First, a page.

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Friday, December 7, 2018

Libertarian Jeff Hewitt Wins Seat on Riverside County Board of Supervisors

By: Matt Welch
Reason


The L.P.’s biggest 2018 winner wants to tackle California’s public sector pension crisis head-on.

Jeff Hewitt, the Libertarian mayor of tiny Calimesa, California, has narrowly won a seat on the Riverside County Board of Supervisors, the Riverside County Registrar of Voters announced early this morning.

The 65-year-old supervisor-elect, best known for booting out the California Department of Forestry and Fire Protection (Cal Fire) from Calimesa and replacing it with a cheaper, city-owned department, squeaked past former GOP assemblyman Russ Bogh, 51.9 percent to 48.1 percent. Hewitt won despite being heavily outfundraised, with Bogh's chief sources of money coming from public sector unions, and Hewitt pulling cash from state and national libertarians, including California tomato-industry giant (and Reason Foundation Board of Trustees member) Chris Rufer.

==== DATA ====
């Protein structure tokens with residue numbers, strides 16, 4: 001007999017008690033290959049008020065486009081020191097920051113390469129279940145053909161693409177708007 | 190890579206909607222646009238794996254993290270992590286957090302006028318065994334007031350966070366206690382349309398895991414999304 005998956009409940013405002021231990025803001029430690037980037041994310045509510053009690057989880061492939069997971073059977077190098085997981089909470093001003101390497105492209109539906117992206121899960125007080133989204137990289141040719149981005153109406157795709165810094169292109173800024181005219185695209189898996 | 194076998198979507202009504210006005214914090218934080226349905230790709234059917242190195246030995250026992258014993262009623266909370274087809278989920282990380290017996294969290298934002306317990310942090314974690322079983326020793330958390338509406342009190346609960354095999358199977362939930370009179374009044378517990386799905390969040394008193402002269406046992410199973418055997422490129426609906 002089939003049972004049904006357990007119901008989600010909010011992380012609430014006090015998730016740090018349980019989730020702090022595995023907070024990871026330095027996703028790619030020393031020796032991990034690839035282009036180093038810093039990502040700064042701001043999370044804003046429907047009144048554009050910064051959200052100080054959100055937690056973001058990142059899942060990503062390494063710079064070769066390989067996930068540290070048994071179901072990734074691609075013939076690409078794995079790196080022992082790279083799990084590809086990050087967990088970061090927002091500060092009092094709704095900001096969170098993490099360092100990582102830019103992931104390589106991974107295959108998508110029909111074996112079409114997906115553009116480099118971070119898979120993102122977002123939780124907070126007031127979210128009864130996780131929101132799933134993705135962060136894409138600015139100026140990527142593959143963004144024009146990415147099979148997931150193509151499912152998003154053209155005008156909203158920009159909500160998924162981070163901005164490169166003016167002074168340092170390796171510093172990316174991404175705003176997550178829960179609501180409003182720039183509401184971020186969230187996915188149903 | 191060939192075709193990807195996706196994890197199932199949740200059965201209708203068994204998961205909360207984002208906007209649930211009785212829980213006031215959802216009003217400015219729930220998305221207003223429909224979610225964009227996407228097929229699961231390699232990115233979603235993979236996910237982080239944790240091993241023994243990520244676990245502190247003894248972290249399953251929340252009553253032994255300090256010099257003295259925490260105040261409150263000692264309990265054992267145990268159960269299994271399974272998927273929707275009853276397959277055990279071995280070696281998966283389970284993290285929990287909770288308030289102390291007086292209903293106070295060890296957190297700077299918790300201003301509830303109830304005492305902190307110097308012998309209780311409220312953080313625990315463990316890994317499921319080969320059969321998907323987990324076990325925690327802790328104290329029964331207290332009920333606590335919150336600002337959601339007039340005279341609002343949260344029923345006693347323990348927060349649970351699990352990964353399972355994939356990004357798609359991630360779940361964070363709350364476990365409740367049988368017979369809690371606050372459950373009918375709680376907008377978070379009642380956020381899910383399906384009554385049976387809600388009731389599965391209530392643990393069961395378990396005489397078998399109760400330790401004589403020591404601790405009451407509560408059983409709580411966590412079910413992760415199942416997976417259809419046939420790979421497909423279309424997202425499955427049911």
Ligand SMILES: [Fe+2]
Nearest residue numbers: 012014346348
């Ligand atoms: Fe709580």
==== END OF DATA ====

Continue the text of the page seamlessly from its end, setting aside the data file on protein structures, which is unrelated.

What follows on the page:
"I raised $550,000 total, and he raised $1.1 million total, so he out-raised me two to one," an exultant Hewitt told me yesterday. "However, he outspent me nearly three to one between the primary and the general election, so that in itself is amazing. There is no one in this area that thought I was going to be the winner."

The seat, like Hewitt's mayoral post, is nonpartisan, though his party affiliation is nobody's secret, sitting as he does on the Libertarian National Committee. In a fundraising email sent Wednesday, L.P. National Chair Nicholas Sarwark characterized the prospect of a Hewitt victory as a "mega-win."

Riverside is the 11th most populous county in the United States, with 2.4 million-plus inhabitants, or more than West Virginia and Wyoming combined. Hewitt, whose district includes the cities of Moreno Valley, Menifee, and Perris, is one of five supervisors overseeing an annual budget of $5.5 billion. The county's precarious finances took a massive hit in the 2008-09 financial crisis, and continue to groan under the weight of public sector pension obligations and contract negotiations between elected officials and the unions that support them.

Read more at Reason.

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